Irreverence and the Islamic Legal Tradition in Egyptian Arabic
Devin Stewart writes on expressions of irreverence towards religious authorities, on many Egyptians' aversion to saying "I don't know", and on the wit and inventiveness of those who seek to avoid saying it, all related to Islamic legal terminology.
The expression Lā yā shēkh! literally means “No, oh learned master!”. Egyptians may tell you this to suggest that you have exhibited the utmost of your cleverness by discovering something that was obvious to begin with. In other words, it is equivalent to the American teenagers’ compact interjection “duh!” or its more literary equivalent, “No sh-t, Sherlock!”. Lā yā shēkh exhibits a typical feature of Egyptian speech, its tendency to express irreverence, including irreverence toward symbols of religious authority. The shaykh, a master or teacher of the religious sciences, who in this expression is demoted to the status of a halfwit, must share this derogatory space with a host of other revered figures of Islamic religious history and religious authorities generally.
When Egyptians want to express the hoary age and dilapidated state of a thing, they say that it is min ayyām sayyidna Nūḥ “from the days of the prophet Noah”. They may substitute for Noah prophets whom you will not find mentioned in the Qur’an, as in min ayyām sayyidna khashaba “from the days of the prophet Plank” or min ayyām sayyidna ´akrūt “from the days of the prophet Rascal”.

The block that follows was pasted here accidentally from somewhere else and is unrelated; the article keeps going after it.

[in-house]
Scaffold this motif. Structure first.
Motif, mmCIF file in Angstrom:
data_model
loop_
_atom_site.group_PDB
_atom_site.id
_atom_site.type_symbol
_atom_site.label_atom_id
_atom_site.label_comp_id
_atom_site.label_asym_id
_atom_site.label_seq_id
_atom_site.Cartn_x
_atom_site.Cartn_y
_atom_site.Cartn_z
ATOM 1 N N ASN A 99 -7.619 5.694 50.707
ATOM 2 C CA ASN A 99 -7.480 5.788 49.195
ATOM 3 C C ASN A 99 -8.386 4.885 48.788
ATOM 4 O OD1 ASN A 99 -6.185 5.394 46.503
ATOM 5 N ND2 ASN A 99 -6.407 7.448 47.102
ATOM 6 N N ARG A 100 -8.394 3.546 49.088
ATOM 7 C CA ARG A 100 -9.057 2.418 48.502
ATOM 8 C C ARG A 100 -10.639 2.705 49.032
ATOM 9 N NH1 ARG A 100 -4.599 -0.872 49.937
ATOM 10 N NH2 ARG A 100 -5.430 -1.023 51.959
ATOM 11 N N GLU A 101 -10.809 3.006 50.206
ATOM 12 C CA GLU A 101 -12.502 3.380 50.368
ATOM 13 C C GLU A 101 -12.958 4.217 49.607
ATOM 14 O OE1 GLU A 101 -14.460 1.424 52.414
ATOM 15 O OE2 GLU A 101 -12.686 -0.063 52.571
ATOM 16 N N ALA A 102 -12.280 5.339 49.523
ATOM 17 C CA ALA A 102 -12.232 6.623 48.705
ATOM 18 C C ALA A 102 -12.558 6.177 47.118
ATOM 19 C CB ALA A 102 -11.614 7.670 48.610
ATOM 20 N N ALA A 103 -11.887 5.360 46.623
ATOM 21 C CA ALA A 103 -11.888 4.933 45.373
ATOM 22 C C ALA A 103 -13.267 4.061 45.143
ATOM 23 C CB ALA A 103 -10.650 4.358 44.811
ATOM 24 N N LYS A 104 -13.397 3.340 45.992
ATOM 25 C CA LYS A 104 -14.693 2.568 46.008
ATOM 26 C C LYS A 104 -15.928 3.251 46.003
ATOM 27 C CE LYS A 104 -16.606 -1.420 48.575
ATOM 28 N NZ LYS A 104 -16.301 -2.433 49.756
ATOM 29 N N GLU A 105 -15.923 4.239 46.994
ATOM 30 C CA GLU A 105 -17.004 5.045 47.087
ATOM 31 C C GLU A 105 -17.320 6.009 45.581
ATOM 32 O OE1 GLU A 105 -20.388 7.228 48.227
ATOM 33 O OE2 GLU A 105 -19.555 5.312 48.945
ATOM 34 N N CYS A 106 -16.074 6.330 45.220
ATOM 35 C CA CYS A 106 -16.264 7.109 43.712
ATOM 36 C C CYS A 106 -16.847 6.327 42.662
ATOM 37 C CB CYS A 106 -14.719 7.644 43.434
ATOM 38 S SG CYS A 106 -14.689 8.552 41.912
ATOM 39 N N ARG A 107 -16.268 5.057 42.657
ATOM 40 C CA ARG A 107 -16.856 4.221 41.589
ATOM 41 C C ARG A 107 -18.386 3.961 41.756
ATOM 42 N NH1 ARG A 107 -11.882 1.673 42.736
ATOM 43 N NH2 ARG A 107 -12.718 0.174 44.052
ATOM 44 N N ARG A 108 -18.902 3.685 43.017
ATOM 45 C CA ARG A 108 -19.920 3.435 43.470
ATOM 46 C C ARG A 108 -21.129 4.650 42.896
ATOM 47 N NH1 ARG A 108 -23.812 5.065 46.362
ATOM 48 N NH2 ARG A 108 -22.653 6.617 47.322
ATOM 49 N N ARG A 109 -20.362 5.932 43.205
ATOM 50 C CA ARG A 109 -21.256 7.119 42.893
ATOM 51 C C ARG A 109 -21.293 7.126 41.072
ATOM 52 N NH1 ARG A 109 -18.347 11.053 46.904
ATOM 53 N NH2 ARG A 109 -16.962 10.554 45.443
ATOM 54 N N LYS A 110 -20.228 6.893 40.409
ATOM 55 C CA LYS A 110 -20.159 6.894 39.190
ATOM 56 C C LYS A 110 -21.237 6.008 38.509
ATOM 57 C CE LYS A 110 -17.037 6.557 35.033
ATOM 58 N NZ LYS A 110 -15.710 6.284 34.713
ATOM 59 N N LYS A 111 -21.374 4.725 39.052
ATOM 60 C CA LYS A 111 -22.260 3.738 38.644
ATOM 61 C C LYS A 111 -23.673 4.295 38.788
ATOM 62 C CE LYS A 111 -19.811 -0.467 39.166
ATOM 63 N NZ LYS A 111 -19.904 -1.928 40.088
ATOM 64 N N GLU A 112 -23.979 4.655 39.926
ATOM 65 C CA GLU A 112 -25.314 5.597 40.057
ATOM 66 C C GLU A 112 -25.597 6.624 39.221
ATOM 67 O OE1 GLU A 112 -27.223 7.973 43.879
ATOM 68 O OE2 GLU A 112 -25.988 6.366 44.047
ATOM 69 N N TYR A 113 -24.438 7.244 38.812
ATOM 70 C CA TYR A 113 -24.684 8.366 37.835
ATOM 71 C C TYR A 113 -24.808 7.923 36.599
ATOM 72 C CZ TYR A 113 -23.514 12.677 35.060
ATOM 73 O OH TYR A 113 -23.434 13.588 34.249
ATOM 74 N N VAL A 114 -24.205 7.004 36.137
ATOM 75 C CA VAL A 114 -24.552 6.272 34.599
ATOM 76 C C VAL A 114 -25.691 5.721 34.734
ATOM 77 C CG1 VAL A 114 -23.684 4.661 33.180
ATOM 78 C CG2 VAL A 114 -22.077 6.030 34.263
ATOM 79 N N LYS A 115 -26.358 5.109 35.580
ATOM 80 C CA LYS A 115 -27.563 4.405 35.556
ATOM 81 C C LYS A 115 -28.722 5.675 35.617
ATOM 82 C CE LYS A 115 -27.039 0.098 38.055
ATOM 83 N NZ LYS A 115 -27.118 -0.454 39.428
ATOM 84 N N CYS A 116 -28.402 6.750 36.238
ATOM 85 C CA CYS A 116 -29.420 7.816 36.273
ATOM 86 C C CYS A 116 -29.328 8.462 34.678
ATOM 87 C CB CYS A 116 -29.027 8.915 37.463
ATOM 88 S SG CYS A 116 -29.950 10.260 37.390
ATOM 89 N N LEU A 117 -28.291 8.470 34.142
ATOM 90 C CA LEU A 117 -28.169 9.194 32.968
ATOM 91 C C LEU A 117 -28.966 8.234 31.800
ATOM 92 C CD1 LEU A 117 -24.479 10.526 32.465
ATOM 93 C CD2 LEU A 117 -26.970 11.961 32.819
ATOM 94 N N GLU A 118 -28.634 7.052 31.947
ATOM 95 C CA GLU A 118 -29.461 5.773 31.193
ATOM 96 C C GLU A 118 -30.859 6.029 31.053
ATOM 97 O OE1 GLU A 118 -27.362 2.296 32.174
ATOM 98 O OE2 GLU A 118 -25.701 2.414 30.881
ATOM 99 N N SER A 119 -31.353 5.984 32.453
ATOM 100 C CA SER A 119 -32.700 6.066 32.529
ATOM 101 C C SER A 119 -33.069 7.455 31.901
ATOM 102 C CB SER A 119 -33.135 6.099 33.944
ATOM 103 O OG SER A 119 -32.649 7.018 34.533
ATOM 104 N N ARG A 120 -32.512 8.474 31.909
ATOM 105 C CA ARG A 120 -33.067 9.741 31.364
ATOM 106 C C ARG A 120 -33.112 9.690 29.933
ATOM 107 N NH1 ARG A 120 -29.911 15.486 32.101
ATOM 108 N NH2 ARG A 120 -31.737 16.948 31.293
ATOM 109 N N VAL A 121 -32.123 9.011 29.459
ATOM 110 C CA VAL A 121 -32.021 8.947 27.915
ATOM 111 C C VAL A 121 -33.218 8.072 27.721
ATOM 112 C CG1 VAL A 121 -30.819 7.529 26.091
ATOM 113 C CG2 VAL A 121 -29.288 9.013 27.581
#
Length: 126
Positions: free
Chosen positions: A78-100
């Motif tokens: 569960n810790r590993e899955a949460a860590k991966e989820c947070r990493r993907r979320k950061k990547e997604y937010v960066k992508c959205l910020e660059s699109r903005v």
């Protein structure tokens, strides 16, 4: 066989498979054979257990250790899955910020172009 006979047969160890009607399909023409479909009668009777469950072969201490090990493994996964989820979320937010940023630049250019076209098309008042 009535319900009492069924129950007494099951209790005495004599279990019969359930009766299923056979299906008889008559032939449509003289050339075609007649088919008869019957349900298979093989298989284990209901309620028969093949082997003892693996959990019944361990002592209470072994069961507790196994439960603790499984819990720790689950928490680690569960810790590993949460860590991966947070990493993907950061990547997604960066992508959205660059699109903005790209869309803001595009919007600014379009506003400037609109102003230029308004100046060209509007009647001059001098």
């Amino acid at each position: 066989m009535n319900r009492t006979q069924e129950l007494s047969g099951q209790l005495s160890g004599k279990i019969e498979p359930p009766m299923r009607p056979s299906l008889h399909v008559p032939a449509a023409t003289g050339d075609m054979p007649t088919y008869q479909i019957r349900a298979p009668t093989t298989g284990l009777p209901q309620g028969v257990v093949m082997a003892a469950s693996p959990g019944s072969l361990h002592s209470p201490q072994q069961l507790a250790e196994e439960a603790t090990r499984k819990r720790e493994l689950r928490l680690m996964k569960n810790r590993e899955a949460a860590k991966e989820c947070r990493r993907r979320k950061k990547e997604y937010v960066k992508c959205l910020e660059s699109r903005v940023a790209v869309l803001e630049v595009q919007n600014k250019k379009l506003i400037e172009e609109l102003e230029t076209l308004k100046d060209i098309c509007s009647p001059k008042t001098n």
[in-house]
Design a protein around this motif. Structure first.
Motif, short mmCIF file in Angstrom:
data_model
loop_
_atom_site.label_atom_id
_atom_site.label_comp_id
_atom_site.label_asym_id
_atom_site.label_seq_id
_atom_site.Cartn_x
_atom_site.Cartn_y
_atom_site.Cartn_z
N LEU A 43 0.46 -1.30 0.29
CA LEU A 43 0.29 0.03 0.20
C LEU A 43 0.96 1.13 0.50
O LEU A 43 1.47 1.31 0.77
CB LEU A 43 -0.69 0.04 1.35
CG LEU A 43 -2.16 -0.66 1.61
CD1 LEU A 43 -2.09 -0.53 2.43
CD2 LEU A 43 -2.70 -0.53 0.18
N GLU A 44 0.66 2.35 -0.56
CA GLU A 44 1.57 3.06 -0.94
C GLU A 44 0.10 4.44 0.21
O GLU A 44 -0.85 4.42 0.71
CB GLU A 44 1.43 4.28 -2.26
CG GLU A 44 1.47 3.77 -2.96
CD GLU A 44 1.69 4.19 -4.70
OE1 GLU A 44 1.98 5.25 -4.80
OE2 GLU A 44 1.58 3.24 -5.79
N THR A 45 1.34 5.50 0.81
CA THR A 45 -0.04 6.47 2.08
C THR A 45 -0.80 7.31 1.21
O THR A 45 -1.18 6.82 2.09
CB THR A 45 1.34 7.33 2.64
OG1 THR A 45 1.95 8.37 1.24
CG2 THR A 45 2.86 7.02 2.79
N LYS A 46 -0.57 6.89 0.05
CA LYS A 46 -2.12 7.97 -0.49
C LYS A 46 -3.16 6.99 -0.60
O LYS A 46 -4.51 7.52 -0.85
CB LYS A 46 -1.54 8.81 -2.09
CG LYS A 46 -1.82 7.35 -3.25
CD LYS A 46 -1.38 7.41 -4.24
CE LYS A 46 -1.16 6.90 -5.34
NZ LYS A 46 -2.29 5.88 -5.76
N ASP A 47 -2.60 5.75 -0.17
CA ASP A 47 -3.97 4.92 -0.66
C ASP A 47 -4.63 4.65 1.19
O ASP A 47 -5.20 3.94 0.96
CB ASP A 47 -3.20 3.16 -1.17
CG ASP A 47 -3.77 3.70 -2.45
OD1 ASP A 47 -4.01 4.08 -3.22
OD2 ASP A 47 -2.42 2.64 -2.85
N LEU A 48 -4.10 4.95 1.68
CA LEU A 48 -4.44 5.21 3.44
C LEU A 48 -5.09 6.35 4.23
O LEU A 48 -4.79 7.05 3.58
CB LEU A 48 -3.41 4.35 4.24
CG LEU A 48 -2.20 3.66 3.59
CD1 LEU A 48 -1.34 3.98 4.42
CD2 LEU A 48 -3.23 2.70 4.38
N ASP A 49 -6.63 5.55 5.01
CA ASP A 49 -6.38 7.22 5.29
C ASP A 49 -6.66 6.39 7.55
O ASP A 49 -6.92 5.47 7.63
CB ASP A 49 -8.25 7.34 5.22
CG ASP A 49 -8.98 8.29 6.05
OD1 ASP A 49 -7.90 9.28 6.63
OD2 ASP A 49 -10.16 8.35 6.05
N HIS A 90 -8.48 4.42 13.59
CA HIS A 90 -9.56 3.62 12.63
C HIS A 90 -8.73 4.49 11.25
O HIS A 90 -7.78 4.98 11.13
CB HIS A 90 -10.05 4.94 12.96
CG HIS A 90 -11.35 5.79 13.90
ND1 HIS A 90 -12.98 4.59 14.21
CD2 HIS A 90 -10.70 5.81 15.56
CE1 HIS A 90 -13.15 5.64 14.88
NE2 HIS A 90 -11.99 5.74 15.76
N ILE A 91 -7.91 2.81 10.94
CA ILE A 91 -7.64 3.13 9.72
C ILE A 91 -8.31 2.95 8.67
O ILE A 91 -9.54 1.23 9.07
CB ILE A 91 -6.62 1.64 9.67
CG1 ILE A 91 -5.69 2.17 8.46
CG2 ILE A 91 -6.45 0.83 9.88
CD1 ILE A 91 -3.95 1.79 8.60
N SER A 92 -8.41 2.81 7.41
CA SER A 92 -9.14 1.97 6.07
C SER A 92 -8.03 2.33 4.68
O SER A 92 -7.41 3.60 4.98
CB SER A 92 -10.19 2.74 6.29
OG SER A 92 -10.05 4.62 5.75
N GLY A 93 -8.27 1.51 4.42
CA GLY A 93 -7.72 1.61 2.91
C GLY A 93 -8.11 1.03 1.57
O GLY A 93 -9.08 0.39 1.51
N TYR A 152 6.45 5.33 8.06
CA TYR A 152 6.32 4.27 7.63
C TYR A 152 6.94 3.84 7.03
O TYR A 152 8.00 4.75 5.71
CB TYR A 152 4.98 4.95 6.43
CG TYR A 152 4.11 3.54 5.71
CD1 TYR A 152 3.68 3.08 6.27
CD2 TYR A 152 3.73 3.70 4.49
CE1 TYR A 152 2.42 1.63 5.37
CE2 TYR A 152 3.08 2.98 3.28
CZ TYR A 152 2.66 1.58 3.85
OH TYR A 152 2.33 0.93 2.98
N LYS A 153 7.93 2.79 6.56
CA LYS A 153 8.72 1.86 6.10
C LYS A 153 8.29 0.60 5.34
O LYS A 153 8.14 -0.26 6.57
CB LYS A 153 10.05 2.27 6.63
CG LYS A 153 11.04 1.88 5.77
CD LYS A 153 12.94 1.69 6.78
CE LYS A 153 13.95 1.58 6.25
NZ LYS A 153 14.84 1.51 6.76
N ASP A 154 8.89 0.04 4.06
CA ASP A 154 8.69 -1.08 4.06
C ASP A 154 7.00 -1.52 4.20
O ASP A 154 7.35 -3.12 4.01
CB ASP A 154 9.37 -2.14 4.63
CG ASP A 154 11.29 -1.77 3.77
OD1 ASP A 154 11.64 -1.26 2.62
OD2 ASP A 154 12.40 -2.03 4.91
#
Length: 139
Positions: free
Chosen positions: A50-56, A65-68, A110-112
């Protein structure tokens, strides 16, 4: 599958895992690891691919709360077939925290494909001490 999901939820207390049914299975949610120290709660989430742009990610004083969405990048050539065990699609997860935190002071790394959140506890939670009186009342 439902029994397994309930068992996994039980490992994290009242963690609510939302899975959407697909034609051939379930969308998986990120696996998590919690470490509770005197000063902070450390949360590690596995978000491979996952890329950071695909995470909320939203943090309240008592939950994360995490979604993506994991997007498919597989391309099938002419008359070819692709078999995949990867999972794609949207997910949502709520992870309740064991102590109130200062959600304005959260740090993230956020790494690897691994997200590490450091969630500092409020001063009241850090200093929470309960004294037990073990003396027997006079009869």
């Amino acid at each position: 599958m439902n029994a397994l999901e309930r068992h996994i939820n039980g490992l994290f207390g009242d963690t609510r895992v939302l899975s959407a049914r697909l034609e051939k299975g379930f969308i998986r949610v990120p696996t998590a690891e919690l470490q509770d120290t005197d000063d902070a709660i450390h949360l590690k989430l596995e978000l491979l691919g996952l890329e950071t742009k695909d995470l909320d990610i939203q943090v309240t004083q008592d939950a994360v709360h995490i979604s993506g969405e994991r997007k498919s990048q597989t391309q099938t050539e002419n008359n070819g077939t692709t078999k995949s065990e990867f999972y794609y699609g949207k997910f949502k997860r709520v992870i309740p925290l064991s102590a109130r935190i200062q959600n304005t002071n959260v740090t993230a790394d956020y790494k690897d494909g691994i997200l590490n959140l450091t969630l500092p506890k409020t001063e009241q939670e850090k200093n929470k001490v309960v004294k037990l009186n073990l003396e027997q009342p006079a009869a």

When Egyptians explain that some effort has been in vain and we have come up empty-handed, they say kisibna ṣ-ṣalāt `an-nabi “We have gained blessings on the Prophet [Muḥammad]”. While it is certainly virtuous to bless the Prophet, the expression suggests that they gained nothing else besides that, nothing that might actually be useful for the issue at hand, such as correct directions to the bus station.
As with the shaykh mentioned above, the titles of authorities are subject to shattering demotions in common speech. The term faqīh is commonly used in religious discourse to designate a “jurist”—a scholar learned in Islamic law in particular. In Egyptian Arabic, this word has become fi’i, which most often means a Qur’an reciter for hire, a profession traditionally associated with the blind. This meaning is seen in the proverb il-ḥaẓẓ lamma yi’āti yikhalli l-fi’i sa`āti “When good fortune comes, it can make the [blind] Qur’an reciter a watchmaker”—in other words, it can work miracles. Religious authorities are regularly portrayed as greedy and gluttonous in popular speech, and this has given rise to the names of dishes such as lu’mit il-‘āḍi (from qāḍī) “the morsel of the judge”—a variety of fried dough balls drenched in honey—or the originally Turkish imām bāyildi “the imam fainted”—a stuffed eggplant dish.
But perhaps the most devastating demotion of Islamic religious discourse in Egyptian Arabic is the fate of the verb aftā, yuftī, which originally means for a muftī “expert on Islamic law” to issue a fatwā “Islamic legal opinion”. Islamic legal discourse insists that anyone who serves in this role is taking on a grave responsibility, because he is relating what is intended to be God’s view on a legal question to the public. Only scholars who have completed rigorous training in the law should even contemplate undertaking the task. If they do, each question requires concentration and an exhaustive investigation.